Global risks of lack of access to cooling

Stefan Jungcurt writes on the International Institute for Sustainable Development’s SDG Knowledge Hub about a new report that raises concerns about the large number of people with insufficient access to adequate refrigeration and cooling.

 

SEforALL Report Sounds Alarm on Risks Related to Lack of Access to Cooling

Around the world, 1.1 billion people have insufficient access to adequate refrigeration and cooling and are therefore exposed to risks for health and food security. Another 2.3 billion people can only access cheap, inefficient cooling technologies leading to additional risks for the climate. These are the main findings of a report titled, ‘Chilling Prospects: Providing Sustainable Cooling for All,’ released by Sustainable Energy for All (SEforALL) on the sidelines of the UN High-level Political Forum in New York.

Refrigeration and cooling are essential for achieving multiple SDG, including food production and food security (SDG 2); refrigeration of vaccines and medicines as well as the protection against heatwaves affecting health (SDG 3), or providing safe working conditions protected from heat (SDG 8). Access to cooling is therefore a critical aspect that links access to energy (SDG 7) to several other goals.

The publication aims to raise awareness of these risks and that these risks will be increased by the impacts of climate change. The study shows that globally 1.1 billion people face risks related to access to cooling, including 470 million people in rural areas suffering form lack of access to medicine and safe food, and 630 million people in urban areas exposed to health risks from extreme heatwaves. Most of the affected populations live in nine countries, including India, Bangladesh, Brazil, Pakistan, Nigeria, Indonesia, China, Mozambique and Sudan.

The report further underlines risks related to access to cooling of poor quality. Approximately 2.3 billion people can only afford less expensive cooling devices that are inefficient and would further increase energy demand for cooling and related climate impacts. Energy use for cooling is already estimated to be responsible for 10% of global warming. The choice of more efficient technologies is thus important to limit additional climate impacts from providing access to cooling for all, the analysis shows.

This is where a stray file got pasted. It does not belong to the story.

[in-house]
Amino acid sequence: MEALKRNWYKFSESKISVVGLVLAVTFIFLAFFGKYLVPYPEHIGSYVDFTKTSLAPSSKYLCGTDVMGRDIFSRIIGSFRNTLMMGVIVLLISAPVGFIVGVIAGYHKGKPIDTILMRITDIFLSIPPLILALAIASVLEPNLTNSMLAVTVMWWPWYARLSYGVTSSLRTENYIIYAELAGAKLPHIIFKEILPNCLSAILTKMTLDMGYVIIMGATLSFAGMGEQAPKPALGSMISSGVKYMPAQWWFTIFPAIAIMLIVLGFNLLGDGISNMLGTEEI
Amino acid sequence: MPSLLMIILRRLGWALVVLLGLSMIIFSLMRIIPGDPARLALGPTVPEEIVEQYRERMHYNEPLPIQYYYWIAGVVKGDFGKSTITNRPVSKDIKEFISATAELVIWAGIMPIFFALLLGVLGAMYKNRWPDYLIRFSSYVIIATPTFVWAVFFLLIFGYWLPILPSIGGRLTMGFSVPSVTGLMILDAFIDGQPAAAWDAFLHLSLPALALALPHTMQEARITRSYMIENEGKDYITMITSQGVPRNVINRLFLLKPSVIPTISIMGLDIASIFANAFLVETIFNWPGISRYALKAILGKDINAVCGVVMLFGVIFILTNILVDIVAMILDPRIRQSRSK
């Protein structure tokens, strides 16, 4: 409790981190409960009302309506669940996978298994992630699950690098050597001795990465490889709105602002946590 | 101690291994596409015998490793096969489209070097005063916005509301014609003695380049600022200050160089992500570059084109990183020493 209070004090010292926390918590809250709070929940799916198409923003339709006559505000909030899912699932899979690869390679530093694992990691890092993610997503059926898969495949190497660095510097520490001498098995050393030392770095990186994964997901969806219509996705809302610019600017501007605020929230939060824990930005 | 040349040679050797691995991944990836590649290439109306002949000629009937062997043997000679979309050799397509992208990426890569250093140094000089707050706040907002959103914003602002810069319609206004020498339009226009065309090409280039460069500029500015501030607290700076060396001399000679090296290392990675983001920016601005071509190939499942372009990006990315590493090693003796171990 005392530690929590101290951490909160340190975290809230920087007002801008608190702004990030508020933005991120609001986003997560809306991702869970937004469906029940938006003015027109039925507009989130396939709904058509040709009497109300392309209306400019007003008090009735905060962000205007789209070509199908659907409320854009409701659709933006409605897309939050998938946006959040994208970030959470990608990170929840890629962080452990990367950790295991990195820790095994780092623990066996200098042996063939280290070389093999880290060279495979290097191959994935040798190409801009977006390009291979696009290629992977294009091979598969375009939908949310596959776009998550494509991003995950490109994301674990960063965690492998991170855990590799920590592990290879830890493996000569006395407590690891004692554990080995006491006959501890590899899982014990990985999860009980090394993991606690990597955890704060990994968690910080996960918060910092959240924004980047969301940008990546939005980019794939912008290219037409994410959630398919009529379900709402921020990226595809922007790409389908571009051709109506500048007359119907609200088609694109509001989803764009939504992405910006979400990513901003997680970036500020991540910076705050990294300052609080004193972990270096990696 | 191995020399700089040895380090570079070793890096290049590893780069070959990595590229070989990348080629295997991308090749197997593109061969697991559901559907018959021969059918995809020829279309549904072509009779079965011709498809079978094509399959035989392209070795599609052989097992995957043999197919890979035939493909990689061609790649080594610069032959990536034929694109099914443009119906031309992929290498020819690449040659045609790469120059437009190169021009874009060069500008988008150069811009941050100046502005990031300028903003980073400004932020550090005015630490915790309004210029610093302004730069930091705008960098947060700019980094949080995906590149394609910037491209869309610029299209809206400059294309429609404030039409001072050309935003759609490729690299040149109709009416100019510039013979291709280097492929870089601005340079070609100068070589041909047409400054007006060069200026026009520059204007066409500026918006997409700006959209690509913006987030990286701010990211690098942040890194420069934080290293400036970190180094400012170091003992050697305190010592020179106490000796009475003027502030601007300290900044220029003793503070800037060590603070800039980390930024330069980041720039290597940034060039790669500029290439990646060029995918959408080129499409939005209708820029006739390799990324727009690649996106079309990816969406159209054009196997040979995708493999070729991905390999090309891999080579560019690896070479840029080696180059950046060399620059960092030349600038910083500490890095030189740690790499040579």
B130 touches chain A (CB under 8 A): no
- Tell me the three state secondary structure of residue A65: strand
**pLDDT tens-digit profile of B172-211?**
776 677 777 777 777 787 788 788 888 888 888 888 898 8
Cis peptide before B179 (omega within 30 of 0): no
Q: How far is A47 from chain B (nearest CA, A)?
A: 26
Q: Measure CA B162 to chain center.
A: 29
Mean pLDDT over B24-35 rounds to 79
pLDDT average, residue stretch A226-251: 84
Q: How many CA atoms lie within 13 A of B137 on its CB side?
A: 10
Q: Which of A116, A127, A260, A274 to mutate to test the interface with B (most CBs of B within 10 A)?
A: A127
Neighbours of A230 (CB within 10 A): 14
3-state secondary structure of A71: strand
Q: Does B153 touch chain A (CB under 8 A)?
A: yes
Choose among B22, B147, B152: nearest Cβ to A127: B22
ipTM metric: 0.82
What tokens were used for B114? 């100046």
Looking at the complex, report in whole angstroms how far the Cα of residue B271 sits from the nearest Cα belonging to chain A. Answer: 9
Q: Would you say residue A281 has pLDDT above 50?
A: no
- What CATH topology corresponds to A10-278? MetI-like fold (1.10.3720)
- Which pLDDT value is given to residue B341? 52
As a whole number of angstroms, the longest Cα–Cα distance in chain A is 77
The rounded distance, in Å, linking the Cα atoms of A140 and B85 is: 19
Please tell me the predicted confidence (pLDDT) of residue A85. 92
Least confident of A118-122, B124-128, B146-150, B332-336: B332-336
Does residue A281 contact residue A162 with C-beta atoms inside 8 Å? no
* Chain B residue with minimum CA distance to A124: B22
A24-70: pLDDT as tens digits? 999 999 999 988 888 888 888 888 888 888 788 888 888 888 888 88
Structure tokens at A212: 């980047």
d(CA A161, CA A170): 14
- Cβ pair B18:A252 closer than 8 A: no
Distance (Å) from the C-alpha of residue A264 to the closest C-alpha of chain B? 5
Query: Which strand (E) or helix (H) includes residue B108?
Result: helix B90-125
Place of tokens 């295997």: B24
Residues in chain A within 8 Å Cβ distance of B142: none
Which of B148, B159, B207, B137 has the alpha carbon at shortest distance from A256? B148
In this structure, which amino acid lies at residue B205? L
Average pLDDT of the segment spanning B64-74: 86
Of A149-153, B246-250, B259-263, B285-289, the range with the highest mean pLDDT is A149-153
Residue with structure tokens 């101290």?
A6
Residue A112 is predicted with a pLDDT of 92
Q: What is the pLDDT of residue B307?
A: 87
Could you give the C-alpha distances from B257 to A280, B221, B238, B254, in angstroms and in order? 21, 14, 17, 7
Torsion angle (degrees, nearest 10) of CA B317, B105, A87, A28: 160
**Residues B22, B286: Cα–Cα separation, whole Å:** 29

The publication recommends, among other actions, that:

  • Government policy makers immediately measure gaps in access to cooling to inform decision making;
  • Business, government and finance actors collaborate to realize commercial and economic opportunities, including productivity, employment and growth gains, related to sustainable cooling solutions for all;
  • Manufacturers, industry associations and lenders cooperate to develop products and financing solutions meeting the needs of those lacking access to cooling; and
  • All stakeholders accelerate innovation while adopting a holistic approach that prioritizes reducing heat loads and delivering cooling in an affordable and sustainable manner.

In the run up to the release on 16 July, SEforALL published a series of blog posts that discuss the role of cooling in different areas, including: cooling the in context of a warming climate; cooling in growing cities; cooling for food production and transport; and sustainable cooling under the Montreal Protocol and the Kigali Amendment.

The report was produced in partnership and supported by the Kigali Cooling Efficiency Program (K-CEP), a philanthropic initiative focused on improving people’s lives and realizing the full climate benefits of implementing the Kigali Amendment to the Montreal Protocol. Under the Kigali Amendment, Parties agreed to phase down the production of Hydrofluorocarbons (HFCs) with high global warming potential, which are often used as alternatives to ozone-depleting substances.

Leave a Reply

Fill in your details below or click an icon to log in:

WordPress.com Logo

You are commenting using your WordPress.com account. Log Out /  Change )

Google+ photo

You are commenting using your Google+ account. Log Out /  Change )

Twitter picture

You are commenting using your Twitter account. Log Out /  Change )

Facebook photo

You are commenting using your Facebook account. Log Out /  Change )

Connecting to %s

This site uses Akismet to reduce spam. Learn how your comment data is processed.